HHS wants to encourage providers to enter value-based care agreements with each other, and it's researching whether it can offer new legal protections for those arrangements.
HHS' Office of Inspector General will accept comments from stakeholders on how it can modify or add new safe harbors to the anti-kickback statute to prevent providers in value-based pay models from facing civil money penalties, according to a notice issued Monday.
"OIG has identified the broad reach of the anti-kickback statute and beneficiary inducements (civil monetary penalties) as a potential impediment to beneficial arrangements that would advance coordinated care," the agency said in the notice.
HHS believes Congress has given it the authority to protect certain arrangements and payment practices under the anti-kickback statute.
HHS' OIG is interested in finding out if it needs to create new safe harbors or revise what it already has. The office also asked stakeholders whether there should be special considerations for rural providers and others caring for underserved populations, including American Indian and Alaska Native communities.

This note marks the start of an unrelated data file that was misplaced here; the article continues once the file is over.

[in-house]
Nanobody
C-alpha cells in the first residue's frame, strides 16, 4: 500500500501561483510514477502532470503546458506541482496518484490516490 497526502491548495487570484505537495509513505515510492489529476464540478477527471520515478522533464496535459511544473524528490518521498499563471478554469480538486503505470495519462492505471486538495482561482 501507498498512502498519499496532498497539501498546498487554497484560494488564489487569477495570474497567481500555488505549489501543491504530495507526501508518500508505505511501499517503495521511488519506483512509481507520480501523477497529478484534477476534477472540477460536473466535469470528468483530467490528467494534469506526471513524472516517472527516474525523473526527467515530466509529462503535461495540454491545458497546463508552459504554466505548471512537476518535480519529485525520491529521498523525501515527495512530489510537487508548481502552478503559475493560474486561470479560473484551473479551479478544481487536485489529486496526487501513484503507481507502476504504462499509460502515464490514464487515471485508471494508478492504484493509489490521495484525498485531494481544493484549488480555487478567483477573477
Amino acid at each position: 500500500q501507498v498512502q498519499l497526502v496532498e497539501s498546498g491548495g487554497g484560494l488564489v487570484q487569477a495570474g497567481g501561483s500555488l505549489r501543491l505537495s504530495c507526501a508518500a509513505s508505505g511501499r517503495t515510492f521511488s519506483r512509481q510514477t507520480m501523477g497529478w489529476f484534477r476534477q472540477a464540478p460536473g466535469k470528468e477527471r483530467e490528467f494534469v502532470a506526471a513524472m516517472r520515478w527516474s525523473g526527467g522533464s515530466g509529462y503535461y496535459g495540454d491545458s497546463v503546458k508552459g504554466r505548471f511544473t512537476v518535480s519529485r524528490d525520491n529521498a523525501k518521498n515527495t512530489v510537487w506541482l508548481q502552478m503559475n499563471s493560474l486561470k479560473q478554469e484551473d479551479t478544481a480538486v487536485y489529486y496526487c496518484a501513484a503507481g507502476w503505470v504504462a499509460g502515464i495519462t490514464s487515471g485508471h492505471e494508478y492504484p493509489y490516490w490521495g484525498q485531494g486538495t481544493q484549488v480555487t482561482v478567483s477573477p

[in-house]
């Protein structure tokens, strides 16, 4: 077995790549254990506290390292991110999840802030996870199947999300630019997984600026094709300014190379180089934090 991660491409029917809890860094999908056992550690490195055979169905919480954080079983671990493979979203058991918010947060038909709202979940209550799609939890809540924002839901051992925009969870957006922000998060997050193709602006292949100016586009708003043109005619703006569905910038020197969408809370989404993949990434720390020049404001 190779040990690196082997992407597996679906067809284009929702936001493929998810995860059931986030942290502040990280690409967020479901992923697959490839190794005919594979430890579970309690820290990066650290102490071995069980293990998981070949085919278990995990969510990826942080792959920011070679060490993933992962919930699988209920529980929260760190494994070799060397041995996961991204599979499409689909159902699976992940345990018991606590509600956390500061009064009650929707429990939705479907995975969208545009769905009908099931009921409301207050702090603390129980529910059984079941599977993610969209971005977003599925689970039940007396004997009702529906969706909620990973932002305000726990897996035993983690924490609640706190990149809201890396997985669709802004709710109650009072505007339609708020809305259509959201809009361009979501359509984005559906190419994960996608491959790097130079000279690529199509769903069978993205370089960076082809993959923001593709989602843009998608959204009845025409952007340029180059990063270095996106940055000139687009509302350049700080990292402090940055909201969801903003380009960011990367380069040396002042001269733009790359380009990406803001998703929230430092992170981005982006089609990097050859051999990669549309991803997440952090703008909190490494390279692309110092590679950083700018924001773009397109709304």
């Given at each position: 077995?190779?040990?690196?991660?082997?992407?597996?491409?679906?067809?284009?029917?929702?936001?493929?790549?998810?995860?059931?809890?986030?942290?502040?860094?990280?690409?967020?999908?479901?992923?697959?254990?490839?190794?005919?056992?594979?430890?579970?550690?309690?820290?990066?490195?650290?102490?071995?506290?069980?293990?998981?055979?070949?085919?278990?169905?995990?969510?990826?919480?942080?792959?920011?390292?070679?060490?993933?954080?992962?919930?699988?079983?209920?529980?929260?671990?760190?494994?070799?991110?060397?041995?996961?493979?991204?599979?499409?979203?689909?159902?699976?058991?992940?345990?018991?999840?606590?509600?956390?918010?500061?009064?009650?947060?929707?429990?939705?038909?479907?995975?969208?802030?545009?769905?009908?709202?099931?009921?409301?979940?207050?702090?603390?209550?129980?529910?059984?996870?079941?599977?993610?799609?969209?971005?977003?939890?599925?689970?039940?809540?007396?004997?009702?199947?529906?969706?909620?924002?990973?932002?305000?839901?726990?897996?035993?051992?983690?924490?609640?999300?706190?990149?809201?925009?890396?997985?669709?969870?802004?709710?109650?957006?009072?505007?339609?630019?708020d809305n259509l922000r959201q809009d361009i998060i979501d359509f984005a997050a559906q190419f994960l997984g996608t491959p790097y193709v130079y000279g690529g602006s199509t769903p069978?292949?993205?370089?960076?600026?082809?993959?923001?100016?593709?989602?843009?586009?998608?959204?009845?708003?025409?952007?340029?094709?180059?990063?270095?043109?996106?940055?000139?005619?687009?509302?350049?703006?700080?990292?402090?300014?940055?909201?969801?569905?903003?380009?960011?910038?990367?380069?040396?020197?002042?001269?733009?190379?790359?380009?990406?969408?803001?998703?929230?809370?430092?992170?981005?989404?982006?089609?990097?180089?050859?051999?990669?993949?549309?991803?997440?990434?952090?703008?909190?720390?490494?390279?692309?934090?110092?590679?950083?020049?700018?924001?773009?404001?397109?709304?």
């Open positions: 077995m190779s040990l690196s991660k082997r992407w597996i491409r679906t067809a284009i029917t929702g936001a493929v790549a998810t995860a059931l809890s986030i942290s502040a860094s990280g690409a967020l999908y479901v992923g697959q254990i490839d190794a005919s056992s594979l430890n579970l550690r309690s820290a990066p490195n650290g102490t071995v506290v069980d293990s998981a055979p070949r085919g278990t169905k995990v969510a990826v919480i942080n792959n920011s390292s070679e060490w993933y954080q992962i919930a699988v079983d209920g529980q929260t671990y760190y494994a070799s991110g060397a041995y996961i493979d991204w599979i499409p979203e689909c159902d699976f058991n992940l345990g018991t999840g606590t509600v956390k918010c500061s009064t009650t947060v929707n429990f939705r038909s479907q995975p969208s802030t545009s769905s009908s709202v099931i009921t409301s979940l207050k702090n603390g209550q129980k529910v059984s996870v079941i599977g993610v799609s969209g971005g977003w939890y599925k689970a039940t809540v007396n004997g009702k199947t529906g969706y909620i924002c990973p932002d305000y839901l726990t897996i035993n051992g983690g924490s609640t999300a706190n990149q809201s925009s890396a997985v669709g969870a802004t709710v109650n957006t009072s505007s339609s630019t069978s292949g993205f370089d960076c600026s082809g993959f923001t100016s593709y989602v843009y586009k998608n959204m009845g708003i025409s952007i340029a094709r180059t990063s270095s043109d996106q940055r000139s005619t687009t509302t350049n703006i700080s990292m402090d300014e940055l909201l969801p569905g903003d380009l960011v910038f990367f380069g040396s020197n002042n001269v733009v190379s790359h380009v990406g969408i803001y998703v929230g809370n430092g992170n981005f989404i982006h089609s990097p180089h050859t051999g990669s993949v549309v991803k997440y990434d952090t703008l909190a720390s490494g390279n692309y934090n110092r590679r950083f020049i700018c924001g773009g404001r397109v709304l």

The request for comment comes more than two months after the CMS issued its own request for information to determine how it can minimize the regulatory barriers around the so-called Stark law.
That legislation prohibits doctors from referring Medicare patients to hospitals, labs and colleagues with whom they have financial relationships unless they fall under certain exceptions.
Physicians and hospitals can be found liable even if they didn't intend to violate the law, and offenses can carry significant financial penalties.
HHS' OIG said it was issuing its own request for information given the volume of questions included in the CMS' request. The OIG also has its own legal authority that could create different solutions.
HHS' OIG will accept comments through Oct. 26.